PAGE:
Envelope-specific IgG Responses in HIV-infected Women
A better understanding of 1) maternal HIV Envelope (Env)-specific IgG responses that are partially protective against vertical HIV transmission, and 2) factors that mediate the transplacental transfer of maternal protective IgG is needed to improve infant health in early life, in which maternal passively-acquired IgG mediates protection against neonatal infections. To understand maternal factors and IgG characteristics that mediate transplacental IgG transfer, we examined transplacental transfer efficiency determinants of maternal HIV and standard vaccine-antigen-specific IgG in a population of HIV-infected women, which have disrupted transplacental IgG transfer. Our findings suggest that maternal health factors and maternal IgG characteristics, such as binding to placentally expressed Fc receptors, IgG subclass frequency, and Fc region glycan profiles all mediate transplacental IgG transfer efficiency. We also identified maternal linear variable loop 3 (V3)-specific IgG binding and neutralizing responses targeting the C terminal region as partially protective against vertical transmission of HIV. These novel findings provide a roadmap of maternal factors and IgG characteristics as targets that can be harnessed to improve the transplacental IgG transfer of routinely-administered maternal vaccines and benchmarks for assessing maternal HIV vaccines that target the V3 loop.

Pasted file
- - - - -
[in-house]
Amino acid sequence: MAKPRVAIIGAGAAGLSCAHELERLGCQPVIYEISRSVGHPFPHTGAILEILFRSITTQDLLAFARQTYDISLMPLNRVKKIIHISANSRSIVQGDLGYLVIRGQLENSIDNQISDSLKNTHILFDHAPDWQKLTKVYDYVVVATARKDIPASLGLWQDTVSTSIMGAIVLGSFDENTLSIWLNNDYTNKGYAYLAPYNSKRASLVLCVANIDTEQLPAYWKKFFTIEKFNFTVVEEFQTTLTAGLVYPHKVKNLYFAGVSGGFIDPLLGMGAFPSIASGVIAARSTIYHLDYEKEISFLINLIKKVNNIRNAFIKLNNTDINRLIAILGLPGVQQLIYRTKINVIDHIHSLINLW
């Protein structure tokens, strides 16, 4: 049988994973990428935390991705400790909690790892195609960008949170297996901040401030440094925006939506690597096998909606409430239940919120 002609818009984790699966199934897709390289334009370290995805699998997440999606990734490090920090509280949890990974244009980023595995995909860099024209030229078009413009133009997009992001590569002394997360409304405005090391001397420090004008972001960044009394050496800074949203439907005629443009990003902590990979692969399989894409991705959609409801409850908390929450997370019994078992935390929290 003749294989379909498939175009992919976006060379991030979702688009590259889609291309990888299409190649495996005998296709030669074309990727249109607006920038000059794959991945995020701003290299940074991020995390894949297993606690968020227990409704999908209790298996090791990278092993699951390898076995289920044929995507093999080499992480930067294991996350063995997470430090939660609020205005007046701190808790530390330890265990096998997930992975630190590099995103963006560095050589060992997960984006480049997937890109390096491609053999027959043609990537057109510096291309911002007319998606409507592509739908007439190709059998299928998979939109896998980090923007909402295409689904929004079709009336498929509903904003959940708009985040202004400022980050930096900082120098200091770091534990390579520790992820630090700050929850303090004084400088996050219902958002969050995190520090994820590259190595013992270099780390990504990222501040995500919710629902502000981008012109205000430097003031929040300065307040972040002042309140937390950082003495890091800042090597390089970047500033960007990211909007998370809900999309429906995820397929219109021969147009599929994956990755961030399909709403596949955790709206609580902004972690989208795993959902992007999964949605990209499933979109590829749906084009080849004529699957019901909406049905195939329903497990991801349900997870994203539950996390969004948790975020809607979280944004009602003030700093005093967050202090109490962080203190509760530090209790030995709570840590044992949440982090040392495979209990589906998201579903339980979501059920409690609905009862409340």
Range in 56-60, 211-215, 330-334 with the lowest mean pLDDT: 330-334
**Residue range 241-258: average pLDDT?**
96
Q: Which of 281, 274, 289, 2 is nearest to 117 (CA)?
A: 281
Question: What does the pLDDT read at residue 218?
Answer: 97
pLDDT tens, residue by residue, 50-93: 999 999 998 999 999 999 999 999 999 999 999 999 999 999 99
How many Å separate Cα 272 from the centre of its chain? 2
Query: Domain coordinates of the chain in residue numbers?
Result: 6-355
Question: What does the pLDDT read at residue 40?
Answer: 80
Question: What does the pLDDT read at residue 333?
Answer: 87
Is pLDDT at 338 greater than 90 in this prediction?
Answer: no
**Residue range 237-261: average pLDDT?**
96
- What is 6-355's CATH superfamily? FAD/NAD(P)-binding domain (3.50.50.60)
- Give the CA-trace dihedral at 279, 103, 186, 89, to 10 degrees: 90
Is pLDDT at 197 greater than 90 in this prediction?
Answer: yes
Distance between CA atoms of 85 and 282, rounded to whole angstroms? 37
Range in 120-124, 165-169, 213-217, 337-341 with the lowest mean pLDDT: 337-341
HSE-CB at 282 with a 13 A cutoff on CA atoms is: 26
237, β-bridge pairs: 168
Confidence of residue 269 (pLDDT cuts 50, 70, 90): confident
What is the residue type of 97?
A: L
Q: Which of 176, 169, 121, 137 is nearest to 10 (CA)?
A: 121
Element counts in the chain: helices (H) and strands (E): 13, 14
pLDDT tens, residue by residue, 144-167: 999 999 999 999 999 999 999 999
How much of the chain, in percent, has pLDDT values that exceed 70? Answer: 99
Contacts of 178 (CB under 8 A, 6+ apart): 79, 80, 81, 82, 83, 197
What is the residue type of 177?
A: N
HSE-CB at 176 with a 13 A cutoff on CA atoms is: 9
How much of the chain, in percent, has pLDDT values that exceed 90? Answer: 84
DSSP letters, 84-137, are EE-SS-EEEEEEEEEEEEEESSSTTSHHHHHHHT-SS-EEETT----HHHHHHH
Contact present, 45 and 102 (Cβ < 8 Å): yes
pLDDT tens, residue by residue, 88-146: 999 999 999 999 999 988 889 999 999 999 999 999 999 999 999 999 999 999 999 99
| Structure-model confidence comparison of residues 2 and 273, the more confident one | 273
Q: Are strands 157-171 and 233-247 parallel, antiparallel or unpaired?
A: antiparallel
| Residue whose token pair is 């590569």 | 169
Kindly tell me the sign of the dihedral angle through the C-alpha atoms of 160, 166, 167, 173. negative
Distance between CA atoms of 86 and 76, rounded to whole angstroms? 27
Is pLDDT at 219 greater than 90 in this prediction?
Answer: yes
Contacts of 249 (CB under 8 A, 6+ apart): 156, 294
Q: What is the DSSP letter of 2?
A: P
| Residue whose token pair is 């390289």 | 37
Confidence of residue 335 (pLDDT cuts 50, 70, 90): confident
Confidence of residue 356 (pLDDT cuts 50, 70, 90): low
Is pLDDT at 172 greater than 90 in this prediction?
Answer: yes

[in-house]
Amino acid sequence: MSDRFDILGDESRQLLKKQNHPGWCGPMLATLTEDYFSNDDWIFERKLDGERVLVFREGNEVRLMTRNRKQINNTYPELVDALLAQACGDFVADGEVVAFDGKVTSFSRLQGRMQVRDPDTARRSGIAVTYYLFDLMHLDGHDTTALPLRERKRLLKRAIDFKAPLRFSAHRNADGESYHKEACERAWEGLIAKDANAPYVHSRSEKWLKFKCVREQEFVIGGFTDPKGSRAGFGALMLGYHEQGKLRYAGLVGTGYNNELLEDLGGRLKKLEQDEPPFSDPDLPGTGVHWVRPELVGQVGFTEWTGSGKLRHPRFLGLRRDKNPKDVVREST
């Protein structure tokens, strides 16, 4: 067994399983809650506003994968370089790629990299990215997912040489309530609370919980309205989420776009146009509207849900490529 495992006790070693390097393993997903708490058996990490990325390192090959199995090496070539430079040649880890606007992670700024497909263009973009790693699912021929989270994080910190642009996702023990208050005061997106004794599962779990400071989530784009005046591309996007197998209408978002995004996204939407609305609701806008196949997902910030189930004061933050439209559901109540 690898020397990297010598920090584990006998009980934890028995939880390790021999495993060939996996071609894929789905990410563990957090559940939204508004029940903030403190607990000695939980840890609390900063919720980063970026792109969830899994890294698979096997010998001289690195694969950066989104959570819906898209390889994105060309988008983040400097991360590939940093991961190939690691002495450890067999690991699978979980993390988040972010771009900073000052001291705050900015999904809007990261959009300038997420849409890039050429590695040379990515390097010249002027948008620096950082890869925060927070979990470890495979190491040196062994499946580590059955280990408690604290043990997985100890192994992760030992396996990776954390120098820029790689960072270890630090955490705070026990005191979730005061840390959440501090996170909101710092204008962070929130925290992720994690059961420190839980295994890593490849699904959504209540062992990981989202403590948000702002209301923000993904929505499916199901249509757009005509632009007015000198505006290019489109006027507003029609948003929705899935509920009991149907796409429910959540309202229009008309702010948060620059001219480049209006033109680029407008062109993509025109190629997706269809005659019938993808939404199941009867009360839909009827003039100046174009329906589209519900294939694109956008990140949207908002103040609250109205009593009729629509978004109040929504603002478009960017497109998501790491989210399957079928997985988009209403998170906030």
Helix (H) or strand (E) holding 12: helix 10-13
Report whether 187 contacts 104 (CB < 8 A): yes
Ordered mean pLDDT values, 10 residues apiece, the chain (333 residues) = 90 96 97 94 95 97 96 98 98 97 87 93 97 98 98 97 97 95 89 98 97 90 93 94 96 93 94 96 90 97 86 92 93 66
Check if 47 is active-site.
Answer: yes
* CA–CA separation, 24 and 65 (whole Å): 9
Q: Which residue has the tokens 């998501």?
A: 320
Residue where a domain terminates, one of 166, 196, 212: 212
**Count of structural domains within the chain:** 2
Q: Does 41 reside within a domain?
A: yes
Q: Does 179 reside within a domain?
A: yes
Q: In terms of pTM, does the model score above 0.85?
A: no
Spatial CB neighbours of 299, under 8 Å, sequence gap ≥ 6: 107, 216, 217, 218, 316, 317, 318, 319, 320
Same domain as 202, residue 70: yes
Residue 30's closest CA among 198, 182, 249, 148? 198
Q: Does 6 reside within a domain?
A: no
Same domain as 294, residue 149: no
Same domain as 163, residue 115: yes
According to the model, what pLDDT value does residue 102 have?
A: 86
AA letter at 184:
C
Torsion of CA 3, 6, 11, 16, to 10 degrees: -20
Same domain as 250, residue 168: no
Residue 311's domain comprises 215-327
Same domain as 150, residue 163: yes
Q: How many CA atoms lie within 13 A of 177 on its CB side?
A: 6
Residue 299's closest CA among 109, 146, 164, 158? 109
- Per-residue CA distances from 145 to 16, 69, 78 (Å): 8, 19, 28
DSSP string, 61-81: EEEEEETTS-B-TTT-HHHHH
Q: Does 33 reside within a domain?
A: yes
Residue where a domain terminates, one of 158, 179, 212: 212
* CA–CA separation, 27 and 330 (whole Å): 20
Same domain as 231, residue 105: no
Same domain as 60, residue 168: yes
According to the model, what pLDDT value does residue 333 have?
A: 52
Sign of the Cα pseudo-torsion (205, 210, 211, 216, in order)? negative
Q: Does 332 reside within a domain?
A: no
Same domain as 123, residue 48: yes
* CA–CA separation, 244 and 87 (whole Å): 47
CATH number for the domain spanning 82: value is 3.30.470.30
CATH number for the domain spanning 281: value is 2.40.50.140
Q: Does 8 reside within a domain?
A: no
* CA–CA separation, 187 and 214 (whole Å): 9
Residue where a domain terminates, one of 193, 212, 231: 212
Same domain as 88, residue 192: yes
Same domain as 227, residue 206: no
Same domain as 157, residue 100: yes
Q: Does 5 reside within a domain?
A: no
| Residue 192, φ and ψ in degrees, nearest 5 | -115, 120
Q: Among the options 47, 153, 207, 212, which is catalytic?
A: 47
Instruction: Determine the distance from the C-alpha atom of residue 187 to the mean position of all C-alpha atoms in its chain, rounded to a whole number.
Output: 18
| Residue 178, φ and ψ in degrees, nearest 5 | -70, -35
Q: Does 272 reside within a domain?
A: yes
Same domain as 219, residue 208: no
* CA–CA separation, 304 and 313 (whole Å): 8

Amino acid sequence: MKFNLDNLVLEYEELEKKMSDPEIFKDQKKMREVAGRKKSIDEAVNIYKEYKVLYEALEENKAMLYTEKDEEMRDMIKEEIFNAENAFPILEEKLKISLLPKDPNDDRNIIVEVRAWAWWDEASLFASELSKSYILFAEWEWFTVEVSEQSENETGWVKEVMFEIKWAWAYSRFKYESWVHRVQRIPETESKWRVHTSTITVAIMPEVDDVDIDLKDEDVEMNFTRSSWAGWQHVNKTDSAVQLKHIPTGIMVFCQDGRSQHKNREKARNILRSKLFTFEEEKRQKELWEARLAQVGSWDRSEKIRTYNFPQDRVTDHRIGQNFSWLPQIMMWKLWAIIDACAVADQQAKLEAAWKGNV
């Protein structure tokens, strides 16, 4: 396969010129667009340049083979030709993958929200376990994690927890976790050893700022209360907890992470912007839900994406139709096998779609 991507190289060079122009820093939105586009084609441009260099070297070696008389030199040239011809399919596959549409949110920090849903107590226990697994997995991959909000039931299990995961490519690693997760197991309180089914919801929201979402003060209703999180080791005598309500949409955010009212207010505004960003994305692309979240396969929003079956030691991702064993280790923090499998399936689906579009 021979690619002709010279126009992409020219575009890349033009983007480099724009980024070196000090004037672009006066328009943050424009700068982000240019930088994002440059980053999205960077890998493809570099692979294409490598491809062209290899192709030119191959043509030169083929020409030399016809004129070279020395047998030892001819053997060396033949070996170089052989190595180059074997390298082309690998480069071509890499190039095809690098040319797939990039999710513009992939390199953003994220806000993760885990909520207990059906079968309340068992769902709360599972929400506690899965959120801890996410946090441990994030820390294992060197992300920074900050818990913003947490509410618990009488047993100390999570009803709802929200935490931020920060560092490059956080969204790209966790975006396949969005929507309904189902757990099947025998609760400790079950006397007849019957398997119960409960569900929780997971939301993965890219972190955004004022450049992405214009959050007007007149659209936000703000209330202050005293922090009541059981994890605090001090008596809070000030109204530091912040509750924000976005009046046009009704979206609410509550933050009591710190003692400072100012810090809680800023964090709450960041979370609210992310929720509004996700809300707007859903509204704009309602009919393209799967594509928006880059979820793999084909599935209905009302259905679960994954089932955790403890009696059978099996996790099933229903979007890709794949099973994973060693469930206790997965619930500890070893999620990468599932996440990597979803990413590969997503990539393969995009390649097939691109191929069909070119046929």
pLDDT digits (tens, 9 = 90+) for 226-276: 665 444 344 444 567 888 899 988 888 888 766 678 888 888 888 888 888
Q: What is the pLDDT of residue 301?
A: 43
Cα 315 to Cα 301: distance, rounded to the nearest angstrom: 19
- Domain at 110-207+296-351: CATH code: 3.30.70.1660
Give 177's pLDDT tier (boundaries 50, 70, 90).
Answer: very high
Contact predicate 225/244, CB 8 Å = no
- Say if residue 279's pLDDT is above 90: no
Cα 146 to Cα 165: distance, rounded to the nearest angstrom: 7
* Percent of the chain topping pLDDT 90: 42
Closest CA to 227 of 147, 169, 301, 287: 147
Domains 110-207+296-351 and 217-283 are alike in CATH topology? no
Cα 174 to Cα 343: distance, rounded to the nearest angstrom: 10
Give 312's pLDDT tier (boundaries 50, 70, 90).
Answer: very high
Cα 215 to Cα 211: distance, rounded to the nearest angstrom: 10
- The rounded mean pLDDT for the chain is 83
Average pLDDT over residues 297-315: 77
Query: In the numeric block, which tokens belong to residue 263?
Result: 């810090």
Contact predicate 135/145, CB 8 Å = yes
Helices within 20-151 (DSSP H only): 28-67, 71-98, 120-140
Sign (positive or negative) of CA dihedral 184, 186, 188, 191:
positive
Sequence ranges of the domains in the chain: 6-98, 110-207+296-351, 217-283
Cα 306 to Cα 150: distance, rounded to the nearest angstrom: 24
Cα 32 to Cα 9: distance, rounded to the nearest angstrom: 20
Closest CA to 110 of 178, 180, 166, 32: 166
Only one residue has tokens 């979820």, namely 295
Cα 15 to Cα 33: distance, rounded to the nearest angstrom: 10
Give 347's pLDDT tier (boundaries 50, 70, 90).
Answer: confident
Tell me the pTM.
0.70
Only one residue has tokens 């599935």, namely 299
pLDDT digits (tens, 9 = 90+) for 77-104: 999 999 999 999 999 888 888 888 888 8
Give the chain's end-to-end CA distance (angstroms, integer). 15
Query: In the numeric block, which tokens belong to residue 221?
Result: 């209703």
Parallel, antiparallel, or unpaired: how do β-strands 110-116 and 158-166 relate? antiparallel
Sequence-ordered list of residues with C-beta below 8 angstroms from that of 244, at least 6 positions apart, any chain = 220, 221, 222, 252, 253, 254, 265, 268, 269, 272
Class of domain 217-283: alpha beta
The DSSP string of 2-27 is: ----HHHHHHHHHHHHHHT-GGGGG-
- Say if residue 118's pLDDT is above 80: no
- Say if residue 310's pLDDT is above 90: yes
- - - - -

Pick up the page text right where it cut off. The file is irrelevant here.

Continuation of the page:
This work is licensed under a Creative Commons Attribution-Noncommercial-No Derivative Works 3.0 United States License.
Rights for Collection: Duke Dissertations